I know that the candidate's personal agenda includes issues C, D, and E. My options include making contributions to the National Association of D, and the American E Society. I don't have to announce into the hidden microphone, "If you support my issues, I will contribute to yours." It is understood.
Is this going to be prohibited? If my candidate has parents with cancer, am I to be banned from giving money to the American Cancer Society? You would have to ban these types of contributions if you want to prevent me from using my money to influence my preferred candidate.
It is also the case that I pay attention to the news. The news tells me that some issue F is becoming a campaign issue. Let us assume it is the construction of a pipeline. My candidate comes out against the pipeline for environmental reasons. Her opponent comes out in favor because "creates jobs".
It's time for me to make a sizable cash contribution to whatever local chapter of whatever organization exists that is opposing the pipeline. They will put that money to work in an "education" campaign that will unavoidably challenge the arguments that my candidate's opponent is using to defend the pipeline: "It will not create that many jobs" and "Pipeline jobs will come at the expense of jobs in the tourist industry, or at the expense of a company that constructs windmills or builds solar cells."
Of course, I am not going to call the candidate and arrange a deal. When I meet her at a fundraising dinner a few weeks from now I might mention my contributions. It will be only natural that she will want to do a favor for me, given that I have done a favor for her. And, again, she knows that my money goes to aid of whatever candidate listens and responds appropriately to my concerns.
As a wealthy person, we may assume that I am a member of several local organizations. Many other members are my friends - we work together. I can solicit an opportunity for my preferred candidate to come to speak before the orgganization. After the speeches, when we meet for drinks afterward, she will have the opportunity to shake hands, pocket checks, and make appointments to address other groups at other times.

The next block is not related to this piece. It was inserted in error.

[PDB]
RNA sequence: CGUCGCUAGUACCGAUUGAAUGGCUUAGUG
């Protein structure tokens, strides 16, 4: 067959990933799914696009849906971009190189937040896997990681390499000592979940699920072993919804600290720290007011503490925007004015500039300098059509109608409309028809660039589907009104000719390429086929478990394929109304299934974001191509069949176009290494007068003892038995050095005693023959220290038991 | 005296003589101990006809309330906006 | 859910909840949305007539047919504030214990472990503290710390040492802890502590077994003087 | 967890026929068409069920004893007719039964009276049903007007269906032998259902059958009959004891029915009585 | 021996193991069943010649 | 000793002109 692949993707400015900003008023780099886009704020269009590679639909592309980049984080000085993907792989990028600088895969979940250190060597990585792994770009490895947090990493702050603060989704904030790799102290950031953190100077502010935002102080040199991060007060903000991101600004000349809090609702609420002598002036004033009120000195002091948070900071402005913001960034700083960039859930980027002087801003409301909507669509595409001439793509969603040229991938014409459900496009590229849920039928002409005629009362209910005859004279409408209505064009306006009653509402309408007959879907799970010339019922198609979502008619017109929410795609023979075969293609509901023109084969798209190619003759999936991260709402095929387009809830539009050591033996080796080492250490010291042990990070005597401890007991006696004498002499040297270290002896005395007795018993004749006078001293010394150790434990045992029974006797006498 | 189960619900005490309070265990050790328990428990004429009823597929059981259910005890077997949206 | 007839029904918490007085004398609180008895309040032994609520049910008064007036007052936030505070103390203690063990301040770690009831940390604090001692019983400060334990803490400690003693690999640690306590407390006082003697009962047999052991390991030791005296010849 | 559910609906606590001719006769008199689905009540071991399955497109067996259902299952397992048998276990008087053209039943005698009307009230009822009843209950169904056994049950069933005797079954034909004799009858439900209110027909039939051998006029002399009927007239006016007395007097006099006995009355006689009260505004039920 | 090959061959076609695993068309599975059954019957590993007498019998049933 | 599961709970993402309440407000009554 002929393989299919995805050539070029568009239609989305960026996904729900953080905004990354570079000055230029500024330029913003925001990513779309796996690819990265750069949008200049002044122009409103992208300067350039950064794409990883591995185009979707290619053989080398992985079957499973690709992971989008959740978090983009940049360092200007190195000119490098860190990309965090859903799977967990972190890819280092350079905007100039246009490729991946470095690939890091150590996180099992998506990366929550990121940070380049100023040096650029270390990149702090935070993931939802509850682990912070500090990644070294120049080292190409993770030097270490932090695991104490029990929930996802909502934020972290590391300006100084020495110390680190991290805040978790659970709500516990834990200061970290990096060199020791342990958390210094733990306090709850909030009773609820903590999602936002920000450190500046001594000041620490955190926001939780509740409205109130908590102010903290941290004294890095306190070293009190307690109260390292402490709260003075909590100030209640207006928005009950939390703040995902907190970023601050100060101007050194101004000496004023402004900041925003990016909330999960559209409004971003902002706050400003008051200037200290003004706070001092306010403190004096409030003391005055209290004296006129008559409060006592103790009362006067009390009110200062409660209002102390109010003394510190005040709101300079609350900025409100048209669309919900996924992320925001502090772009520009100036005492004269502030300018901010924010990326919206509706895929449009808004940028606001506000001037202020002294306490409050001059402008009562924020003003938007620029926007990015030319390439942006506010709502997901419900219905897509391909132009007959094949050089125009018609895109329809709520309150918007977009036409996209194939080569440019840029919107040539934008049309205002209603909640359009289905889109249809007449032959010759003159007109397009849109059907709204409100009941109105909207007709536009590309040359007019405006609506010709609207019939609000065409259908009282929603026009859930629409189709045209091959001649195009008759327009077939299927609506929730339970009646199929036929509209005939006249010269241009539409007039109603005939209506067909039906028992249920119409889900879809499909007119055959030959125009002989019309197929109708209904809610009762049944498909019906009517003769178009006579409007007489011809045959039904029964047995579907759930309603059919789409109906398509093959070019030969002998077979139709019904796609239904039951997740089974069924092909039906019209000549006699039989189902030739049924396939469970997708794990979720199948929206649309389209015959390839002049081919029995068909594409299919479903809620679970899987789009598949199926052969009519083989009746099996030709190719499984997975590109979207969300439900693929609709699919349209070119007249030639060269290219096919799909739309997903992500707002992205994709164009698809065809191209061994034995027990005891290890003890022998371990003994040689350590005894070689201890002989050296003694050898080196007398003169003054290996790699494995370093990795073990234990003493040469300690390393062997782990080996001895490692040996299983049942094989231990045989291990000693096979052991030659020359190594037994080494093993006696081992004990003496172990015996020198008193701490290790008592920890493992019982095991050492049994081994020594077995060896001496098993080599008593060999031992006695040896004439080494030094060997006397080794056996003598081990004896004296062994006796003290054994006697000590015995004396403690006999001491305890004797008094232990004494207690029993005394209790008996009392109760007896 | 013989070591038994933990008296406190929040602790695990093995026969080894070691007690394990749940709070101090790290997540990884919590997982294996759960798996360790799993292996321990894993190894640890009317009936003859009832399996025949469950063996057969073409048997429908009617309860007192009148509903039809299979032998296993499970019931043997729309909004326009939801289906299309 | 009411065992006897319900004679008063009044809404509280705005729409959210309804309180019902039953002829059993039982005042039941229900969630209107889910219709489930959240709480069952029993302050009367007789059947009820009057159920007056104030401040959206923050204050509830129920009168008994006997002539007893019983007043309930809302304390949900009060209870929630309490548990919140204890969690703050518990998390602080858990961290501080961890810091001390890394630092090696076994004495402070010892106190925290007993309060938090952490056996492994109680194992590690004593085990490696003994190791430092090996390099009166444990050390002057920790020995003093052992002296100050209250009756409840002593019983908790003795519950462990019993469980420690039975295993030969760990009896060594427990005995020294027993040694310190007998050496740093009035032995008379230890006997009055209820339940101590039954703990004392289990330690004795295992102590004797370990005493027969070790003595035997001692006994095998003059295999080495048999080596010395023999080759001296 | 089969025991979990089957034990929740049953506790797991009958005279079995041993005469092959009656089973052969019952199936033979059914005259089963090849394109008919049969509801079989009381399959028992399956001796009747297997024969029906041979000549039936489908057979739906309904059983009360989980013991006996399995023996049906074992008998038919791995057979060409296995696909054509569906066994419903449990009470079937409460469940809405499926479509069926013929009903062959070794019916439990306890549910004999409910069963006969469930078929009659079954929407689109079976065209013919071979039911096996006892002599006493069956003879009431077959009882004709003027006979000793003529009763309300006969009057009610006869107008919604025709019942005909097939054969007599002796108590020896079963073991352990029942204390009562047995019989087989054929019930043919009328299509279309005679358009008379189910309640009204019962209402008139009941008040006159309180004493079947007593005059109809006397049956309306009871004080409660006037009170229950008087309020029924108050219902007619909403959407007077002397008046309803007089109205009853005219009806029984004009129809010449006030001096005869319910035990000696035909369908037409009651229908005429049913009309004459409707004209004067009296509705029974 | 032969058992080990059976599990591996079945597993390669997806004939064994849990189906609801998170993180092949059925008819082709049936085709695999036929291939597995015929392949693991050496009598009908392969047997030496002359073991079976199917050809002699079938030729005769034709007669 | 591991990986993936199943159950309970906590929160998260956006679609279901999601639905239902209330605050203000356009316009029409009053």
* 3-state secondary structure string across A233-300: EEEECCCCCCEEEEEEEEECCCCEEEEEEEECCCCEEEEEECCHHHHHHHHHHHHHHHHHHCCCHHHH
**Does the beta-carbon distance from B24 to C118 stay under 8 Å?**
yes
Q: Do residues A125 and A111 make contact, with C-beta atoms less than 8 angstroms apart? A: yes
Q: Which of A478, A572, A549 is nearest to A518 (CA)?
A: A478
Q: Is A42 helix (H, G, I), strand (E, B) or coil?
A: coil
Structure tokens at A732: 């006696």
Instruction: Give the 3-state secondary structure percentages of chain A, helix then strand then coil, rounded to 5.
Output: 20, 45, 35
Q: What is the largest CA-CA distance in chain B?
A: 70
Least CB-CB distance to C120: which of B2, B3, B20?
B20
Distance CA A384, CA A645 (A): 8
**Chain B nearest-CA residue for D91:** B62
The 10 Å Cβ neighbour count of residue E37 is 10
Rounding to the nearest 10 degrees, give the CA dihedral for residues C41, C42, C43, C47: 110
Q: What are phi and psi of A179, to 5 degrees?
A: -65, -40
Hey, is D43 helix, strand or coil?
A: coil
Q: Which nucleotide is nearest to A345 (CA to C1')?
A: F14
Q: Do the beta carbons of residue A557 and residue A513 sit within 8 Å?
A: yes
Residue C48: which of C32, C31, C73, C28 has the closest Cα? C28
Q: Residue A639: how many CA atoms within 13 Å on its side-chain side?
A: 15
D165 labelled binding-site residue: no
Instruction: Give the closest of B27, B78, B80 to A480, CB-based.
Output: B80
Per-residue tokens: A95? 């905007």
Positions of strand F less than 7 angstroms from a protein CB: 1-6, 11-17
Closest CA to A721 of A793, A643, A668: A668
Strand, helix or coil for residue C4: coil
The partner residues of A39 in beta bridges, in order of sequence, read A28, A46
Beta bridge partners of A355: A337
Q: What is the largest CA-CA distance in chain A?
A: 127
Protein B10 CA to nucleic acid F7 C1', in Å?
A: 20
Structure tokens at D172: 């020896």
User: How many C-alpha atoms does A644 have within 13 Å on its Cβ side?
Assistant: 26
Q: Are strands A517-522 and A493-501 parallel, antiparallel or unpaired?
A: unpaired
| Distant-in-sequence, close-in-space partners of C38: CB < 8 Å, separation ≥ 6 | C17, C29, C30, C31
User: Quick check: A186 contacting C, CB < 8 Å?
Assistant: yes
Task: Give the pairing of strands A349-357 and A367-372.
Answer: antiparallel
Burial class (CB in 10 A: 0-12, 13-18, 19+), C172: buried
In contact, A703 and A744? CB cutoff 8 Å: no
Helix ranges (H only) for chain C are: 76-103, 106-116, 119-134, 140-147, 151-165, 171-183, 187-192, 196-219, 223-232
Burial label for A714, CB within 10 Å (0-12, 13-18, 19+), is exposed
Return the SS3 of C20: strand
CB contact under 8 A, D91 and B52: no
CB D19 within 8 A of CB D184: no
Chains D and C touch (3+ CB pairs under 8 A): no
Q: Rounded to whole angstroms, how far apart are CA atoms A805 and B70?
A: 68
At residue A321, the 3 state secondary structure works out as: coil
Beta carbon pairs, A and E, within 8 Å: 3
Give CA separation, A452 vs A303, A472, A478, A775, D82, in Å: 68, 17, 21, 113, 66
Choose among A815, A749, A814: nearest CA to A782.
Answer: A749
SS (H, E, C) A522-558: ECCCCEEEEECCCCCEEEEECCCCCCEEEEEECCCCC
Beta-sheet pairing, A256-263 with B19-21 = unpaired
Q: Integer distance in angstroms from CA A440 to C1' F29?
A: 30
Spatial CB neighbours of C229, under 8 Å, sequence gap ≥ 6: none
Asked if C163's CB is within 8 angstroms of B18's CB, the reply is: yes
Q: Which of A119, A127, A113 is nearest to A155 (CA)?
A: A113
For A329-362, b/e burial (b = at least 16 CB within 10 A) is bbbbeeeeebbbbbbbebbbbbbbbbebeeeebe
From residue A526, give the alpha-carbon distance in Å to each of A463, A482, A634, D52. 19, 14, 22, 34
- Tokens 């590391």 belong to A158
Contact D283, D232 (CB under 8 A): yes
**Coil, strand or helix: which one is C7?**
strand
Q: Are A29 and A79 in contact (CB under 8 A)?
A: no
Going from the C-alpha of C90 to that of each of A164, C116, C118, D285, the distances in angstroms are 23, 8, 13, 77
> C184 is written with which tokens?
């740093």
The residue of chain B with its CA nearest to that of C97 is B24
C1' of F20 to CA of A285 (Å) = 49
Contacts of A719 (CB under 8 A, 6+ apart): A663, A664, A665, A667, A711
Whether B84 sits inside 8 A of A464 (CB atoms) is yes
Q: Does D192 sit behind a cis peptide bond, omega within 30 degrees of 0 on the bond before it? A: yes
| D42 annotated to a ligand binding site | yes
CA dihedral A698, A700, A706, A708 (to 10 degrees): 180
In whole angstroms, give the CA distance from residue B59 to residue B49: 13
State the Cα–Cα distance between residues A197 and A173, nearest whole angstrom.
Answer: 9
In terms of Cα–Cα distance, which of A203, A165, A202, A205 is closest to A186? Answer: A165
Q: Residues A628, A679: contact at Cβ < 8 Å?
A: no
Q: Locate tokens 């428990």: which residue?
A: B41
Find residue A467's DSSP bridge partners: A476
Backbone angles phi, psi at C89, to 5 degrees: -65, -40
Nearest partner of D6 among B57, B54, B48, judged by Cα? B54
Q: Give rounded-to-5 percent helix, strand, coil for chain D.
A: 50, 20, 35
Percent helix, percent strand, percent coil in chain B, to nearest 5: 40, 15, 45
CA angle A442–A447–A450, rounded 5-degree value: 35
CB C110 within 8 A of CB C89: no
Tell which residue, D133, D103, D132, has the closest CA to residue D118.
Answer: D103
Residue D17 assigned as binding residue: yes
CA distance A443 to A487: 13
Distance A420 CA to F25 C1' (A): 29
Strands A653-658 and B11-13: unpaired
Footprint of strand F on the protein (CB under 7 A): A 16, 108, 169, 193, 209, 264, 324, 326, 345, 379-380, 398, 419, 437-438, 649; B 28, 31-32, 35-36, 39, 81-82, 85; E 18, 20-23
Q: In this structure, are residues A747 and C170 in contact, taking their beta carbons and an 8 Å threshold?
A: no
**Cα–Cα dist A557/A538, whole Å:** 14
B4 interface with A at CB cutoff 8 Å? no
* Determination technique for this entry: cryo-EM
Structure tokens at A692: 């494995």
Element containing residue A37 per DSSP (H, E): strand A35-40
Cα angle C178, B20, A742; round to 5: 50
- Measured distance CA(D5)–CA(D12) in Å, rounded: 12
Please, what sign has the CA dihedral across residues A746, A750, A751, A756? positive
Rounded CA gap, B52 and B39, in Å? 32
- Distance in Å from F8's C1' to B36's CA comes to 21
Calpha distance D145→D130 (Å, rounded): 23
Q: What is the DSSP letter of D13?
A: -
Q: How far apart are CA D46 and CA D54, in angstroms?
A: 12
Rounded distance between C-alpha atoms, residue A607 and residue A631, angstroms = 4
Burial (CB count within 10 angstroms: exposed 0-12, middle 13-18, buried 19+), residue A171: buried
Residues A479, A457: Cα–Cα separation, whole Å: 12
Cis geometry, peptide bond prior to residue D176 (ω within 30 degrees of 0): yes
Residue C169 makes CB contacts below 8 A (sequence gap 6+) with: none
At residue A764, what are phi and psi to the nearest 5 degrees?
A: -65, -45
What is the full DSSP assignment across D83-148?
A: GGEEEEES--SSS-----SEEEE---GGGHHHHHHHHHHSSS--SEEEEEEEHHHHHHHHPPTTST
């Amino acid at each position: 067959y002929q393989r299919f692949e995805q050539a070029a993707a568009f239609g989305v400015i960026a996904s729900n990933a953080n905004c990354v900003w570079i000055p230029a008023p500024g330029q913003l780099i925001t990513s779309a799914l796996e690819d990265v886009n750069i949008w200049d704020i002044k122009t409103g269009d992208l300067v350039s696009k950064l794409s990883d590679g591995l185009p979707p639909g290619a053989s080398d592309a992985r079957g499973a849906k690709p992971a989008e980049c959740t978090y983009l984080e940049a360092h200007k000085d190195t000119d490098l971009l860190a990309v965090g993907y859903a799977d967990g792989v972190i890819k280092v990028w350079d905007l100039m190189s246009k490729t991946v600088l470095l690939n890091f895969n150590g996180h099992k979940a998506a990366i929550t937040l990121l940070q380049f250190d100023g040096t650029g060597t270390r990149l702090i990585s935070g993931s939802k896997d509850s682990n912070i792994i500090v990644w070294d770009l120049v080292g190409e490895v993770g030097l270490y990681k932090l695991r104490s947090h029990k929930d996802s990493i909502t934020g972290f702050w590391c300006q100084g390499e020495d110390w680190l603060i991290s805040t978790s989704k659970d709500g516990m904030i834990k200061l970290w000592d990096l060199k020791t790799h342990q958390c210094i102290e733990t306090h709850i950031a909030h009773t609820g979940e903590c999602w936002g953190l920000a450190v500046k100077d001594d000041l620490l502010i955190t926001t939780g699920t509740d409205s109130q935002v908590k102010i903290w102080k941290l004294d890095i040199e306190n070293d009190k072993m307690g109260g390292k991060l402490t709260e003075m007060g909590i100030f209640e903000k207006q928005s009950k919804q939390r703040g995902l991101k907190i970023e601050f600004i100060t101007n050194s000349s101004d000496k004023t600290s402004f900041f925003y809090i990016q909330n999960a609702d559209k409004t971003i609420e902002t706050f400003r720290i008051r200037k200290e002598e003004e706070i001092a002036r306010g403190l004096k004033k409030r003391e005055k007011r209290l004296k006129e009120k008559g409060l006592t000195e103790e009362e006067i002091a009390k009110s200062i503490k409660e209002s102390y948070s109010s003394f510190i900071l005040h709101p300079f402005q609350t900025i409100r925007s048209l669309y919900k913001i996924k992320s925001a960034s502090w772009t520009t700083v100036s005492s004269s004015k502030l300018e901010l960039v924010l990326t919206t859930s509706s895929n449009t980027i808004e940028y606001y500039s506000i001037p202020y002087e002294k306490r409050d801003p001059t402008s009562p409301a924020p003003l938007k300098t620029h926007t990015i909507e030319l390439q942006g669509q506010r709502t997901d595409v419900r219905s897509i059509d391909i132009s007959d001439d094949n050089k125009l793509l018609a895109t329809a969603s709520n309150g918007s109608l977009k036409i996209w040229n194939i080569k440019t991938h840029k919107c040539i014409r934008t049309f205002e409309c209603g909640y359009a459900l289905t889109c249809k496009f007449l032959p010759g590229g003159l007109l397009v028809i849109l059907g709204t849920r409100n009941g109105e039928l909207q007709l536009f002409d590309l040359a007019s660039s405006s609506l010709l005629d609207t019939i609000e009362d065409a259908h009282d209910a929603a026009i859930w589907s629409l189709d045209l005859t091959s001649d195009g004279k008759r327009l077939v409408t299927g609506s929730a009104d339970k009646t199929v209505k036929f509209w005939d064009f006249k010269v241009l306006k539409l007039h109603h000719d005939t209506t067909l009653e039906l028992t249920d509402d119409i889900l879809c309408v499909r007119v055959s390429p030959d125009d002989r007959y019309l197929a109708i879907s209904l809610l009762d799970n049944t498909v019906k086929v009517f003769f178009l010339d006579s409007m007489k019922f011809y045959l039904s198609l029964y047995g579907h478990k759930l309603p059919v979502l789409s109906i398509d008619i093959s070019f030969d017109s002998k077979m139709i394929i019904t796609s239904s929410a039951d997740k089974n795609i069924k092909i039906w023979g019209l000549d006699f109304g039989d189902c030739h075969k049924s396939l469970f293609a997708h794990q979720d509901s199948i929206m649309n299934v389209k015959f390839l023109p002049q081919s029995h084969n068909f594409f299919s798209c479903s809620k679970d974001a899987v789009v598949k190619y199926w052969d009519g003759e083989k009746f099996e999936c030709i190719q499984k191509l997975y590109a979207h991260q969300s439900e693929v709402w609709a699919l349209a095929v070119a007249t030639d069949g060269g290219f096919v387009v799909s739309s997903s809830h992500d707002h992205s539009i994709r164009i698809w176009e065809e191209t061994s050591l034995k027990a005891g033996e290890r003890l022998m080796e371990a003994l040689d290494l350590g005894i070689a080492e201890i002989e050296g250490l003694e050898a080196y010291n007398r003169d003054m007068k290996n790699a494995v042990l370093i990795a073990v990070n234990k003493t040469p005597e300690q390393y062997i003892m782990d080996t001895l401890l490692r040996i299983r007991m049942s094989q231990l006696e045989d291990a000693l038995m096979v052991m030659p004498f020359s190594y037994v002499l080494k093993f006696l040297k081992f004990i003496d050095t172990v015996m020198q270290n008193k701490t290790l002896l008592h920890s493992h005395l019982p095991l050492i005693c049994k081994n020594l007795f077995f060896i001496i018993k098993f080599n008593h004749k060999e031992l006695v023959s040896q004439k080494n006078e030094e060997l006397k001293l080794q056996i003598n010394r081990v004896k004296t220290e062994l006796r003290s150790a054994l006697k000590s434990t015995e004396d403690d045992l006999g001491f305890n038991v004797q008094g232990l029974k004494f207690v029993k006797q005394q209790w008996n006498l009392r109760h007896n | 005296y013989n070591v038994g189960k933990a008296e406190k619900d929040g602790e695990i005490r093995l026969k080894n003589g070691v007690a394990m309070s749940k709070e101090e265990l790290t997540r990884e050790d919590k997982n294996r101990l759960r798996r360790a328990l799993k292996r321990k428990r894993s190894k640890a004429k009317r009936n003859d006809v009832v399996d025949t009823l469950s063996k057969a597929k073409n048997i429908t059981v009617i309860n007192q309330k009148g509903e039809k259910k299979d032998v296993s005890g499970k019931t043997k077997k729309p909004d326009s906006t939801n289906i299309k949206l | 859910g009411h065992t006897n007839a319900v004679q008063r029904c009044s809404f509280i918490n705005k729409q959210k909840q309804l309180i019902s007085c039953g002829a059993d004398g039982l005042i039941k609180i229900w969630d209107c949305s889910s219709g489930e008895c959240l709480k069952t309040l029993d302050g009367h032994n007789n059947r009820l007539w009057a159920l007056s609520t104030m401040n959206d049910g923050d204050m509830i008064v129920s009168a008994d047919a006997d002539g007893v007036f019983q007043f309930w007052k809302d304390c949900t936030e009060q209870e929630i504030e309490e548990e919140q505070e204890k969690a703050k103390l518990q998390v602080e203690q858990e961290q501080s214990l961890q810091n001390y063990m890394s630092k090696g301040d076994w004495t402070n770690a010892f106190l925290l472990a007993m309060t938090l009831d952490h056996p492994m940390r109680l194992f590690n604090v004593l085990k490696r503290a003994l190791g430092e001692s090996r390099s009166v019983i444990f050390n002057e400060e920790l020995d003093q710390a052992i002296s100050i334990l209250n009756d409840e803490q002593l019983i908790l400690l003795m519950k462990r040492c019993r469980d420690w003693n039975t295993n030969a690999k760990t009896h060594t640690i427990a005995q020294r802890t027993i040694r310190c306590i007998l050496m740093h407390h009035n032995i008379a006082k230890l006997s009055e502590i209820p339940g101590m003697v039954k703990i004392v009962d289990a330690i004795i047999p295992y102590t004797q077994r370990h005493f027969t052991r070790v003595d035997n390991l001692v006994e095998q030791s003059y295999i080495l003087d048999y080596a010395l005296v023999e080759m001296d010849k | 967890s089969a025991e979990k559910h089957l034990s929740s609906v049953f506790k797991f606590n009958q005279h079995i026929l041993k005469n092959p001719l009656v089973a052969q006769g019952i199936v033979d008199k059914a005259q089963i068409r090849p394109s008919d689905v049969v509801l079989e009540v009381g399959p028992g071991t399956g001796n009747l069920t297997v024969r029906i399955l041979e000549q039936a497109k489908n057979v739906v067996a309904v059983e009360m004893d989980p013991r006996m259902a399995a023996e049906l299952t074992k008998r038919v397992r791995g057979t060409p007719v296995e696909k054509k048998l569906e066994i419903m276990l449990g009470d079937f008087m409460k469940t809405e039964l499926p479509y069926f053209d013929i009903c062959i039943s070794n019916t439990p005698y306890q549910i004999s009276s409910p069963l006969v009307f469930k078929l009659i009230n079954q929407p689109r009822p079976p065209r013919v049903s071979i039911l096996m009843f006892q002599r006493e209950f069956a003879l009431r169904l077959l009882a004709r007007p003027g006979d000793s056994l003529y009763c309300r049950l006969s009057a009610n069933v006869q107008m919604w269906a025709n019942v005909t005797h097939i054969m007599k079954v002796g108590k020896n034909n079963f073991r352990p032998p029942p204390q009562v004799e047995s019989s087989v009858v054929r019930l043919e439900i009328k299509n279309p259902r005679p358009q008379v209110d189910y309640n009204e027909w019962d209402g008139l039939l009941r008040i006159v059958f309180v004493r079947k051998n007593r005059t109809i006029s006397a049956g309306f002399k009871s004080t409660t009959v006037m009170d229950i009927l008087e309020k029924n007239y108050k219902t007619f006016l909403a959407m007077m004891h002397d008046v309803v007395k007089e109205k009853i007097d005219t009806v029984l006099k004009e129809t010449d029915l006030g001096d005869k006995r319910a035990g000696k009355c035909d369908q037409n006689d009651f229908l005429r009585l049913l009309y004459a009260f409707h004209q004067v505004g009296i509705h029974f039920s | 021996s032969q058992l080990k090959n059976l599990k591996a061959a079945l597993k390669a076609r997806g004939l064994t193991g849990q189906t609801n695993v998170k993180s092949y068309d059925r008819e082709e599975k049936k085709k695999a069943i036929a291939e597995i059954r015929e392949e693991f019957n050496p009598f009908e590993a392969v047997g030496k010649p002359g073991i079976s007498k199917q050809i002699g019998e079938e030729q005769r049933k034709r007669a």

I discussed something similar to this regarding the presidential candidacy of Rick Perry. He organized an evangelical gathering in April of last year to ask for God's help for a nation in crisis in front of 20,000 religious conventioneers.
We know that Perry did not do all of the work organizing this meeting himself. We also know that he used it as a campaign tactic - to gather evangelicals and to try to get their support for a Presidential election bid.
While we are assuming that I am a wealthy person interested in influencing a (potential) candidate, we may assume that I have connections. I know people who are good at organizing events and executing them. Everything from catering to booking locations to arranging travel - I have experts in all of these fields. I direct them to help with the arrangements, and I give the assistant an unlimited expense account. There is going to be a ton of things he can do to promote the gathering that will not count as a direct political contribution to the candidate.
This series of posts is about how a secular organization can make a positive political contribution - make the world a better place. A part of doing this requires understanding and respecting how the real world works. In my last post I argued that the effective organization needs to create and package a political product it can sell to the top 10%. A lot of people think that it is a viable strategy not to seek to bring more money to the table, but to prevent (by law) "them" from bringing money to the table. They call it "leveling the playing field".
It's not going to happen - at least not that way. That money is coming to the table by one route or another. The politically effective secular organization must live and work in the real world. It may not like reality, but it would be to its advantage to respect reality.